Personal meaning

Turning Red End: Sandra Oh and director Domee Shi share the personal significance of Mei’s decision

Big red SPOILERS are ahead for Become red.

Historically, Pixar knows how to nail an awesome teary ending and its latest version turn red is no exception. Domee Shi’s directorial debut tells the story of a 13-year-old girl struggling with growing pains, in addition to an unexpected transformation into a giant red panda thanks to a secret generational gift turned curse. After attempts for Mei (voiced by Rosalie Chiang) to calm the panda side of her and ultimately confine that side of her to a rest on her neck, the preteen decides to accept it as a part of herself. Shi shared what the ending means to her.

turn red is a personal story Dome Shiwho grew up in the early 2000s in Toronto, Canada, just like Mei. When she spoke to CinemaBlendthe writer/director shared what the Pixar movie ending means for her with these words:

What we mean by this time is that Mei is the first in her family to keep the Panda and embrace that messy side of herself. Hopefully, with the movie, we also don’t pass judgment on the generations that came before her who decide to get rid of her because they grew up in a different time. They grew up in an environment that wasn’t safe to keep your panda in order to move around in society, in order to survive his mother and grandmother and aunts all had to get rid of that side of themselves .

In the third act, Mei’s grandmother and aunts come to lead the ceremony which will allow her to abandon her red panda side forever, as all the recent women in her family before her have done. However, during the ceremony, Mei retains her panda identity and goes to the 4*Town concert with her friends, where she spent much of the film raising money to go.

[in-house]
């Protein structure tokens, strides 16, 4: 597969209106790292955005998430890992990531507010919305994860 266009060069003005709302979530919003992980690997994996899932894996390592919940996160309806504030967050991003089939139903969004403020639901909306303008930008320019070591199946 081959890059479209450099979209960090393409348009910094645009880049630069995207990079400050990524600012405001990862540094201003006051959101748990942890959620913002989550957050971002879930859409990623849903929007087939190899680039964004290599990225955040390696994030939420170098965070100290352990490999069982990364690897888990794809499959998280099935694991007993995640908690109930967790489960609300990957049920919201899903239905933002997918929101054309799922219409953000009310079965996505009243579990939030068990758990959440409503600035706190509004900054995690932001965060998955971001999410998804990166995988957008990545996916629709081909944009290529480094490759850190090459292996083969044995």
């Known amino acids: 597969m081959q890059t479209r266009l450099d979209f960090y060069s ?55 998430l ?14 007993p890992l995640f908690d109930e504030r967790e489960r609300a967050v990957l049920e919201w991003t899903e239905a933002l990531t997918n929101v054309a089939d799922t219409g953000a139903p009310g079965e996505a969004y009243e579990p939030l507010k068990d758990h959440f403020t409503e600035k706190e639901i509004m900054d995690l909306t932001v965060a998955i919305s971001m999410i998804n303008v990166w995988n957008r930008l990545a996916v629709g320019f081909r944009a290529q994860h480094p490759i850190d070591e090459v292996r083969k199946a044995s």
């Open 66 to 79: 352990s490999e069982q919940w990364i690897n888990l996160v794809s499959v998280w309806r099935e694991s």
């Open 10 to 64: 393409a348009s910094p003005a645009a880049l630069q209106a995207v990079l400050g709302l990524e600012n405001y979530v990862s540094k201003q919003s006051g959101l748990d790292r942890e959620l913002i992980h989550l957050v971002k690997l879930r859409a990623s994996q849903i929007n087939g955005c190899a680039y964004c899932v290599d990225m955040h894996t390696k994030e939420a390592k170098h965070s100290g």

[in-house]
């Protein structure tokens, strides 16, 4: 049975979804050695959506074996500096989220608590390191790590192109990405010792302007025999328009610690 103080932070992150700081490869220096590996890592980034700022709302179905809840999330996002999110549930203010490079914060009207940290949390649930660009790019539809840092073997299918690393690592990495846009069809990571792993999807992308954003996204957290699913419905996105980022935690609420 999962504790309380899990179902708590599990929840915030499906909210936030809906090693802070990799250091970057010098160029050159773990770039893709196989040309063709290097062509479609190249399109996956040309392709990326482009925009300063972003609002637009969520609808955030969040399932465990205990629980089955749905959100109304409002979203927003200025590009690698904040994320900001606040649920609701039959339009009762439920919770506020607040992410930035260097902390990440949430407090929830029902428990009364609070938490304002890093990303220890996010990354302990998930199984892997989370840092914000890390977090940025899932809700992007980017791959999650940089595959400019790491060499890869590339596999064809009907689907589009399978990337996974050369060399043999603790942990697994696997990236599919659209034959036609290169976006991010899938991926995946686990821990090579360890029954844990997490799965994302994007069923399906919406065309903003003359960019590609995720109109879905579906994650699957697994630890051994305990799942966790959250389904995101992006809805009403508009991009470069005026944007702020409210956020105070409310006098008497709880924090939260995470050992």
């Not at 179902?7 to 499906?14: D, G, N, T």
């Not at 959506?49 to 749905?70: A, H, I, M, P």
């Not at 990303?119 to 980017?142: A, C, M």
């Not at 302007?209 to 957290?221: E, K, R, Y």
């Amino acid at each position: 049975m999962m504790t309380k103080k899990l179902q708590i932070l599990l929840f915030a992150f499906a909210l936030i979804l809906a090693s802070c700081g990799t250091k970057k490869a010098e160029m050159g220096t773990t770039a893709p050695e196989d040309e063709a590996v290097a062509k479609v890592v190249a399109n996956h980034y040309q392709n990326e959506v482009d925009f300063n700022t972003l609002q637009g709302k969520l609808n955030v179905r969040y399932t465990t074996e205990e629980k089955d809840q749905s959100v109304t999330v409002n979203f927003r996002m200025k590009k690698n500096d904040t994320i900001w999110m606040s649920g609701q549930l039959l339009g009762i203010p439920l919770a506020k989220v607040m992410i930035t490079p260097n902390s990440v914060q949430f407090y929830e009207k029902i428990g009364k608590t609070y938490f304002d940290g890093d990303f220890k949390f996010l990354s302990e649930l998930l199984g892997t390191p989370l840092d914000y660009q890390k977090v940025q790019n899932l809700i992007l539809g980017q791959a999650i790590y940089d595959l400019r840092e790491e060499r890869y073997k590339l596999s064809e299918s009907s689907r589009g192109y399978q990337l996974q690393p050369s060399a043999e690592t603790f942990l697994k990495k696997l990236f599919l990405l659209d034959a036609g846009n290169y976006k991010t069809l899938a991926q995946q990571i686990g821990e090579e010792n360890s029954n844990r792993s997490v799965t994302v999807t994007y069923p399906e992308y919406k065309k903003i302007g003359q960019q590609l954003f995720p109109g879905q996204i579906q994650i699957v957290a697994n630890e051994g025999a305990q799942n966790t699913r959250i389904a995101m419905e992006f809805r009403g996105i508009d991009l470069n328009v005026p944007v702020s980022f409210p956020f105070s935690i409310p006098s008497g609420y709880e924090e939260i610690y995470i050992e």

Turning Red ends, Mei and Ming

(Image credit: Pixar)

As she rushes out of the ceremony, her mother Ming (played by Sandra Oh) sees her own red panda run amok and he’s way bigger and scarier than Mei’s panda ever was. Everything comes to a head at the 4*Town concert where Mei must reunite with her grandmother and aunts to complete the ceremony and separate Ming’s panda from her human self. However, Mei decides not to complete the ceremony and stay a panda for good. Domee Shi continued talking until the end:

Mei has what they didn’t have, which is the support and love of her friends and this new environment and world that accepts different races and celebrates that messy side of her. So she can break this cycle and be the first in her family to embrace the panda that represents how it changes through generations. The way each generation deals with trauma is different and hopefully with each new generation it gets a little easier.

In the latest Pixar, Mei’s panda side is literally a gift that has been passed down from generation to generation to the women of her family since ancient times. But the panda could symbolize many things, depending on who is looking at it. During my turn red interviews, Sandra Oh shared how the ending sequence held personal significance for his own coming of age. As she shared with CinemaBlend:

There is specifically a frame in the movie where Panda Mei tries to leave the temple and all her aunts and mother try to get her to stay. For me in my life, during this period that Mei is going through, I was becoming an actor, I was becoming an artist, and I had to break away from my own family expectations and traditions. So in that regard, it was a great opportunity to tap into my personal story.

turn red tells the story of a Chinese-Canadian family and how Mei struggles between the traditions she has learned to embrace and the culture she experiences at school with her friends. There’s a difficult balance that Mei has to walk and throughout turn red she leads a double life between her family and social life. At the end of the film, Mei chooses to be herself by being a red panda, boyband obsessed preteen and a Chinese-Canadian proud of her family’s history and values. It’s a relatable journey that many modern immigrant children have to take and now a beautifully explored story in a Pixar film.

If you haven’t already, be sure to check it out turn red using a Disney+ subscription.